THE EARL OF CAMPERDOWN
My Lords, seeing the First Commissioner of Works in his place, I wish to ask him a Question of which I have given him private notice. Yesterday your Lordships passed an Education (Provision of Meals) Bill which empowered local education authorities to spend out of the rates such sums as they might choose for feeding children, and the Bill covered the period of holidays, which was not covered by the previous Act. The Bill passed yesterday extends to England only, for it is an amendment of the Act of 1906. I understand that Ireland was included when the Bill was in Committee in the other House, but that as that was found not to be in order a similar Bill has been drafted for Ireland, which I believe in due course will be brought before the House. With regard to Scotland, however, nothing is said. The arrangements with regard to feeding children in Scotland are different from those which prevail in England, but if there is any provision in this new Bill which goes further than the benefits allowed at the present time by the Scottish law, I would suggest that the noble Lord should ask the Scottish Office to consider whether it would not be desirable to bring in a similar Bill specially dealing with Scotland. It is, of course, desirable that all the three countries should be treated exactly in the same way.
§ THE FIRST COMMISSIONER OF WORKS (LORD EMMOTT)
My Lords, I have only just received the information enabling me to reply to the noble Earl, but I think that after I have given it he will see that there is no necessity for a Bill for Scotland to give the authorities there the powers that are given by the Bills to which he has referred. The Elementary Education (Provision of Meals) Act, 1914, which was passed yesterday, alters the law of England in the following way. It legalises the provision of meals during holidays and on other days when the schools are not open; it repeals the limit proposed by the Act of 1906, under which the expenditure of local education authorities on the provision of food was limited to the produce of a half-penny rate; and it abolishes the necessity for obtaining the sanction of the Board of Education to expenditure out of the rates on the provision of meals. In Scotland there is no limitation on the 453 powers of a school board in providing meals for necessitous children such as existed under the unamended Act in England; consequently the need for an amendment of the law in Scotland does not arise.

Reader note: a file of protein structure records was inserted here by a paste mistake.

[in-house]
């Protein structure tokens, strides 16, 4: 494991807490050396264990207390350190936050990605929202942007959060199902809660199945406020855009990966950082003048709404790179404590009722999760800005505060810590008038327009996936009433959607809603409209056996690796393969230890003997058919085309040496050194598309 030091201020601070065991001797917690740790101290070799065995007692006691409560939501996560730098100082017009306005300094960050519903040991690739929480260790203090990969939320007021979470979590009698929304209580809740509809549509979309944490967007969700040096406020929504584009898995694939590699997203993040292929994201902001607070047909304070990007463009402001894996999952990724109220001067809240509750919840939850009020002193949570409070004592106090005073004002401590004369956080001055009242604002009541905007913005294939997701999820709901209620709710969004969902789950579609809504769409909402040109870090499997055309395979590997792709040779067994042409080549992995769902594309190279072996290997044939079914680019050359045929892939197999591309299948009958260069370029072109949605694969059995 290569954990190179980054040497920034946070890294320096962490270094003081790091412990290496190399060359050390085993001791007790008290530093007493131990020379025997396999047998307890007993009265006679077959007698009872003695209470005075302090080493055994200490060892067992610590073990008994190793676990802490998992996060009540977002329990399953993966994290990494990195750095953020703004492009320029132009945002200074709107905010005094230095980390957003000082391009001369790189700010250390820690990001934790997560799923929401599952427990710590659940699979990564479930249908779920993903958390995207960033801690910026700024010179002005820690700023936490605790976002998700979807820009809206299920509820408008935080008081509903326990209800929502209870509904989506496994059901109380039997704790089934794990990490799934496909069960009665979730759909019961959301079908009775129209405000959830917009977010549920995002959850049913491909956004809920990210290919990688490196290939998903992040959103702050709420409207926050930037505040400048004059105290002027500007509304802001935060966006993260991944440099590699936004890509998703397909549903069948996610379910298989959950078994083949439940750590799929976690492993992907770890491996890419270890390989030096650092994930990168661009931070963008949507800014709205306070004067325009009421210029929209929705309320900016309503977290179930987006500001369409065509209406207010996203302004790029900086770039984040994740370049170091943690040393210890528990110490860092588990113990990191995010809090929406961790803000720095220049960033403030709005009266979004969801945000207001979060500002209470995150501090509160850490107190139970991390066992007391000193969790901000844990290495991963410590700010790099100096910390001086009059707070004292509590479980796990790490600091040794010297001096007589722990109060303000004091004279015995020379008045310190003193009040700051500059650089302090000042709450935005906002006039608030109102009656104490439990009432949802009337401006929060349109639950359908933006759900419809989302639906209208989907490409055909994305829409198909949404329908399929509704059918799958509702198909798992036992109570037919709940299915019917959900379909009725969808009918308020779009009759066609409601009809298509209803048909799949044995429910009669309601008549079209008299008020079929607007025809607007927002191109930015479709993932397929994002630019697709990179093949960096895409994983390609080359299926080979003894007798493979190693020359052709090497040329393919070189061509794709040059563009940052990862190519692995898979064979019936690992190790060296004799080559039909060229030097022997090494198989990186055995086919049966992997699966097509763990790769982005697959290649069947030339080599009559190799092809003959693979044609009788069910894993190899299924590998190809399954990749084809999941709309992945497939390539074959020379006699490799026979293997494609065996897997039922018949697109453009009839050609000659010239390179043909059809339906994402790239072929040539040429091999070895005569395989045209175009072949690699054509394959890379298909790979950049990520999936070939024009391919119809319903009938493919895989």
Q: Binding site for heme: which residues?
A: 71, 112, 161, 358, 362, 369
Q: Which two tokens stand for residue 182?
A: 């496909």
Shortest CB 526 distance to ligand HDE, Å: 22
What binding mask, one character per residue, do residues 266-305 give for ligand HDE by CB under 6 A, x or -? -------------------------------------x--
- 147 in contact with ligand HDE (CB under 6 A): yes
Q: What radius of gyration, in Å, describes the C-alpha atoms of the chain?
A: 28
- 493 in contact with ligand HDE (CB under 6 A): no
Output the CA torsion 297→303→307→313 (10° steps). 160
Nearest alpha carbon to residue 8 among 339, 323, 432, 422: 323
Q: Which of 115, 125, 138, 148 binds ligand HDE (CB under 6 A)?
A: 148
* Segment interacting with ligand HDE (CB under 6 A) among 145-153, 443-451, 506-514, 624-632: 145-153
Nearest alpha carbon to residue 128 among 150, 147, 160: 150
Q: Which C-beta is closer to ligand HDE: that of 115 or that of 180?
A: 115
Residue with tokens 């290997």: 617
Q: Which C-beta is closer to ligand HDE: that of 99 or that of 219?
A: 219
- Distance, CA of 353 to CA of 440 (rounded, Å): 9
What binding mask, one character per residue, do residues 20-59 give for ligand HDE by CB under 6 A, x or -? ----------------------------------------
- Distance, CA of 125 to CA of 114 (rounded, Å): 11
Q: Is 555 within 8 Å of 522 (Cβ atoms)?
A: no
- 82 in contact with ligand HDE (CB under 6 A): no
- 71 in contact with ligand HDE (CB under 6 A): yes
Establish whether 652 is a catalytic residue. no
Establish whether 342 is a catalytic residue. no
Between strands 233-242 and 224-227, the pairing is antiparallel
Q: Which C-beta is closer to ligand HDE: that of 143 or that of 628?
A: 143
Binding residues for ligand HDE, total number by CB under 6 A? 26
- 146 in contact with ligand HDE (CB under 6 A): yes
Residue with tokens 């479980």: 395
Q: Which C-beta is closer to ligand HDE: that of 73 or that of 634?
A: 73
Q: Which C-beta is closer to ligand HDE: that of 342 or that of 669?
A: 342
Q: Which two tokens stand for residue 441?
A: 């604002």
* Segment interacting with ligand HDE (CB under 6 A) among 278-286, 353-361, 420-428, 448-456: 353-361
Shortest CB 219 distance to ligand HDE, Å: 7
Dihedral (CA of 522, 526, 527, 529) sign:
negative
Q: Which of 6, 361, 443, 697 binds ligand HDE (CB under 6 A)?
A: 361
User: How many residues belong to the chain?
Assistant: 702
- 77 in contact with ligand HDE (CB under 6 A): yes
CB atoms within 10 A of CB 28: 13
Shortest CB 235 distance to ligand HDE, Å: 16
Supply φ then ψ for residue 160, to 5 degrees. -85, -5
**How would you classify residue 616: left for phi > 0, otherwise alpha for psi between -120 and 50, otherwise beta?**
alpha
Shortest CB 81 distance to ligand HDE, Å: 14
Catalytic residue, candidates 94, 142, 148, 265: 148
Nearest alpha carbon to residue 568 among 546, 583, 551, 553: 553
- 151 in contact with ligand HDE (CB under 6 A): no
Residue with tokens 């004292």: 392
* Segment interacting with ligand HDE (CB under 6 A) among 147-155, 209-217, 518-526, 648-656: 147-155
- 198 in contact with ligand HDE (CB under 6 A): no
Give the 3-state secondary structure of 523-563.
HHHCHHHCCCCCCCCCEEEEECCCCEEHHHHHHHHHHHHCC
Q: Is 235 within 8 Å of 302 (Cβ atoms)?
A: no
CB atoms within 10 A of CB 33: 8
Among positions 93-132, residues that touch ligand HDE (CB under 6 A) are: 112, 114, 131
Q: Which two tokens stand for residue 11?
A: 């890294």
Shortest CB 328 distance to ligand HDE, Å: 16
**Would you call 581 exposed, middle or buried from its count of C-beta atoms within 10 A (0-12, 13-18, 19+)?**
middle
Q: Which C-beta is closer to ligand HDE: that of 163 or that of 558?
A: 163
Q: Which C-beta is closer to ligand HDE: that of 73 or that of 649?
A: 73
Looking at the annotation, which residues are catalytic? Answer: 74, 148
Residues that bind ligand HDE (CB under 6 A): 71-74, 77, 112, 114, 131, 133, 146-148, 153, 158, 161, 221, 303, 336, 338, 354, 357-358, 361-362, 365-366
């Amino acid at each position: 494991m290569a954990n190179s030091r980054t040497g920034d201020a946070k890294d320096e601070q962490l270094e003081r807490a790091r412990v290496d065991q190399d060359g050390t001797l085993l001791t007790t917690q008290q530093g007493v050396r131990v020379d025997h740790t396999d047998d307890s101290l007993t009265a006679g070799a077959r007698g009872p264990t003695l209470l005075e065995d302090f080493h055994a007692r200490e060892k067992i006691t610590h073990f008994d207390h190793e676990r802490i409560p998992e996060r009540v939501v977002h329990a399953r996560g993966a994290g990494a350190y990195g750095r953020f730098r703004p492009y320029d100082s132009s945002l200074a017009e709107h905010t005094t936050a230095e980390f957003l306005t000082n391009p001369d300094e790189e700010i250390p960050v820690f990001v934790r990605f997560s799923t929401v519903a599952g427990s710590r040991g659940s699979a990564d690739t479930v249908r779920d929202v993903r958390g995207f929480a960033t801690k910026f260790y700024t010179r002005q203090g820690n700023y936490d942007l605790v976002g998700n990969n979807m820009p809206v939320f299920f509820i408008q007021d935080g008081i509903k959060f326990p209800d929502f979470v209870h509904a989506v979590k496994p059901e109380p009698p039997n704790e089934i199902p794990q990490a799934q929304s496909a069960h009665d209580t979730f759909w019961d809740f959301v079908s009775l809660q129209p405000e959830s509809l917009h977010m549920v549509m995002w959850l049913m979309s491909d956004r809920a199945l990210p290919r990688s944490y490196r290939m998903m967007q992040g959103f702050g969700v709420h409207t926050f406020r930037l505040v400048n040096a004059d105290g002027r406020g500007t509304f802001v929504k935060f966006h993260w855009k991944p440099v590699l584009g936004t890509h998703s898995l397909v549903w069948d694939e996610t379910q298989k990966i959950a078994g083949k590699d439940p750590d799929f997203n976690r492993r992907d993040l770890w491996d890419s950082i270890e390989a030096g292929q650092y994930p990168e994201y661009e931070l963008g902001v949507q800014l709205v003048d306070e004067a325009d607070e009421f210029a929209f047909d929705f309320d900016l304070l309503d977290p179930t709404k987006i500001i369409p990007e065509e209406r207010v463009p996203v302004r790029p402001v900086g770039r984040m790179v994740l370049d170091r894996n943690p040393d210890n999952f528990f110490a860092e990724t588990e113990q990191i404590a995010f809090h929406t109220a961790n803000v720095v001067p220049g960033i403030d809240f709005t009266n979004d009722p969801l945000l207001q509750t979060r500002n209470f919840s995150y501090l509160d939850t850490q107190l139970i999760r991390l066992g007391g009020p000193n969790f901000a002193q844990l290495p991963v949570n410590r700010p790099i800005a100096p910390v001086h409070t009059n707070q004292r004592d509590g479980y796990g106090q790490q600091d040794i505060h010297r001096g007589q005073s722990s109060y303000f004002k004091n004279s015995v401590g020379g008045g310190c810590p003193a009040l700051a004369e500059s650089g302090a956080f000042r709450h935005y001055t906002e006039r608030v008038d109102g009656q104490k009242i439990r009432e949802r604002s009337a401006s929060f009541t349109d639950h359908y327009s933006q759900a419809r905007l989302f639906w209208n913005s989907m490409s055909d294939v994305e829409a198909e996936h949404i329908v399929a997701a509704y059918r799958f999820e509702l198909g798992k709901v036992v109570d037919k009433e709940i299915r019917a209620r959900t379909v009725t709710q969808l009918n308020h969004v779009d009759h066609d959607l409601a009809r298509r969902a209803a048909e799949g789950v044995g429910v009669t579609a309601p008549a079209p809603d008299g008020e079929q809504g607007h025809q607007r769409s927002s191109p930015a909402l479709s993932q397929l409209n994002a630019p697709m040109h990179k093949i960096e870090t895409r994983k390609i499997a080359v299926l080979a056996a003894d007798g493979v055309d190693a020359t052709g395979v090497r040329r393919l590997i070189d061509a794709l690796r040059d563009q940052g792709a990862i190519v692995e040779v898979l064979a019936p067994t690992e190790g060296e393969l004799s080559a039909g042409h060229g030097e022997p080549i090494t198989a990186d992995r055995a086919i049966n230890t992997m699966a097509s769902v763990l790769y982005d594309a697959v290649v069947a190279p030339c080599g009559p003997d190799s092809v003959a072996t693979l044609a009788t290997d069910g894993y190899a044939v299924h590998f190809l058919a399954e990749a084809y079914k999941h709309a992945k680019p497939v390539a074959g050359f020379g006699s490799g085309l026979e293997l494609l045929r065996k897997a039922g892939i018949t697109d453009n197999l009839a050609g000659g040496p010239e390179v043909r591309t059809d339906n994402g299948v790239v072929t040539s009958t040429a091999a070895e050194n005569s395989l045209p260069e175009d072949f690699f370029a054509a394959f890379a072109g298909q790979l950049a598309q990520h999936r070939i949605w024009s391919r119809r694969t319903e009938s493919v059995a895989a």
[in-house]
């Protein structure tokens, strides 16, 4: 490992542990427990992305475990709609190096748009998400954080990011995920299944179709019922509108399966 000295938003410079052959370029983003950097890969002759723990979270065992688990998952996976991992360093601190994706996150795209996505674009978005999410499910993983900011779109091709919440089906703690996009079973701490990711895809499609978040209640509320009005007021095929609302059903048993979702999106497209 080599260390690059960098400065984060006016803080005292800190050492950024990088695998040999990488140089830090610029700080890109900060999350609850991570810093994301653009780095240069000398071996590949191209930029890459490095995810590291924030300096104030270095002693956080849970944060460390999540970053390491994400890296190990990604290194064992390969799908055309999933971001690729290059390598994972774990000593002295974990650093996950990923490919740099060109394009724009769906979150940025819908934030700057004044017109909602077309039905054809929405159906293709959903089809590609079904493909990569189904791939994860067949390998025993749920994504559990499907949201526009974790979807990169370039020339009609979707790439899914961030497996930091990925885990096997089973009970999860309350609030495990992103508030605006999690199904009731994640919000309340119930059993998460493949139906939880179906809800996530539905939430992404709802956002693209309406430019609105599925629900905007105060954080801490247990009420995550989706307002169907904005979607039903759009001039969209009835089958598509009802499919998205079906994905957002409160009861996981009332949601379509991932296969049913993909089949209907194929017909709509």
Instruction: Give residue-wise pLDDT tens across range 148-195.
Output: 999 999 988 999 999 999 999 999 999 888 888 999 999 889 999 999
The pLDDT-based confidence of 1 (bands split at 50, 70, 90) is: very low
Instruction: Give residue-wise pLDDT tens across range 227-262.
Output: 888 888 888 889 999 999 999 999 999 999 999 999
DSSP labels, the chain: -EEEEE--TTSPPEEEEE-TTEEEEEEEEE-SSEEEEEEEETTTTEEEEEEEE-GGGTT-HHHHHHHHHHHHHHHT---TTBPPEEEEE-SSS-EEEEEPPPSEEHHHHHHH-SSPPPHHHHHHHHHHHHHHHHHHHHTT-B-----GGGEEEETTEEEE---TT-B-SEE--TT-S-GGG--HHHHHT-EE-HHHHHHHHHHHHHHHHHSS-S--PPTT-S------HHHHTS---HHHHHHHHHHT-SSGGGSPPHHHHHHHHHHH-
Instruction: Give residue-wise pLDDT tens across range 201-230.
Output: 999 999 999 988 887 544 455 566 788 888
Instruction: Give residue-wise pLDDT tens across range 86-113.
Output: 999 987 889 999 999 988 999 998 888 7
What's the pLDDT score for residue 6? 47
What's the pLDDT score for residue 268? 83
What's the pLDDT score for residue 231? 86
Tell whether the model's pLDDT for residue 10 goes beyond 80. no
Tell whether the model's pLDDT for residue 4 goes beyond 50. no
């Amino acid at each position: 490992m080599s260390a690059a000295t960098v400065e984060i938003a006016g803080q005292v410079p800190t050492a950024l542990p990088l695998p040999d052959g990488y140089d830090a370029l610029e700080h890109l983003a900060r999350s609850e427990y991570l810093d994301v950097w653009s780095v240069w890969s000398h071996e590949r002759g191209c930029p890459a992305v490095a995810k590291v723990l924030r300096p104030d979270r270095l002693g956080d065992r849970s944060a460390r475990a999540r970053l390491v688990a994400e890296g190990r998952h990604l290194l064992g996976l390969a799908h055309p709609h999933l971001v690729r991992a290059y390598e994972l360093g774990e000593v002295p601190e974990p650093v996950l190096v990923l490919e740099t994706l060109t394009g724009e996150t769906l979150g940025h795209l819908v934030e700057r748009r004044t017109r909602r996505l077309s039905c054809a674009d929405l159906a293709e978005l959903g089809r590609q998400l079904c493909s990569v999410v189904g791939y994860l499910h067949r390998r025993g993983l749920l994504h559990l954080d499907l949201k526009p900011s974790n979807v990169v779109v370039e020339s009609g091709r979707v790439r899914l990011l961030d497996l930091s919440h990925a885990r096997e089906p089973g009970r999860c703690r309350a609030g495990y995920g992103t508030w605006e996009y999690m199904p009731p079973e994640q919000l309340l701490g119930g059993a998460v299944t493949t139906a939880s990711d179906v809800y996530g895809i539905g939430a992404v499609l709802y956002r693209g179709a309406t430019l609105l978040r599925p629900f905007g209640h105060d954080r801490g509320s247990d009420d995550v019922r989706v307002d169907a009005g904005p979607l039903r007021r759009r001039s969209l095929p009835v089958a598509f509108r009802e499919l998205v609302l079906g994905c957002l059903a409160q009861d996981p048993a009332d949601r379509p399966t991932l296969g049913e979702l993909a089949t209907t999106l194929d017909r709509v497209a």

The powers of a school board in Scotland as regards the provision of meals are set forth in Section 6 of the Education (Scotland) Act, 1908, which obliges a school board to feed necessitous children if this cannot be provided for by voluntary agency. The Statute does not limit the provision to times of actual attendance at school, and therefore the children may be fed during holidays. Nor does it give the Scottish Education Department any title to question the discretion of the school board as to which children are to be regarded as necessitous. I may direct the noble Earl's attention to a Minute, a copy of which I hold in my hand, issued on July 25 last and laid on the Table of both Houses of Parliament on July 27, which empowers the Department to make a grant to school boards equal to one-half of the net cost to the rates of their expenditure on the provision of meals; and I may also inform the noble Earl that a Circular is being issued to all school boards in Scotland to-day directing the attention of those boards to their powers and duties under the Education (Scotland) Act, 1908, with reference to the special circumstances of the country. I think, therefore, that the noble Earl will see that no necessity arises in Scotland for the special legislation which has been found requisite in England, and which apparently is also necessary for Ireland.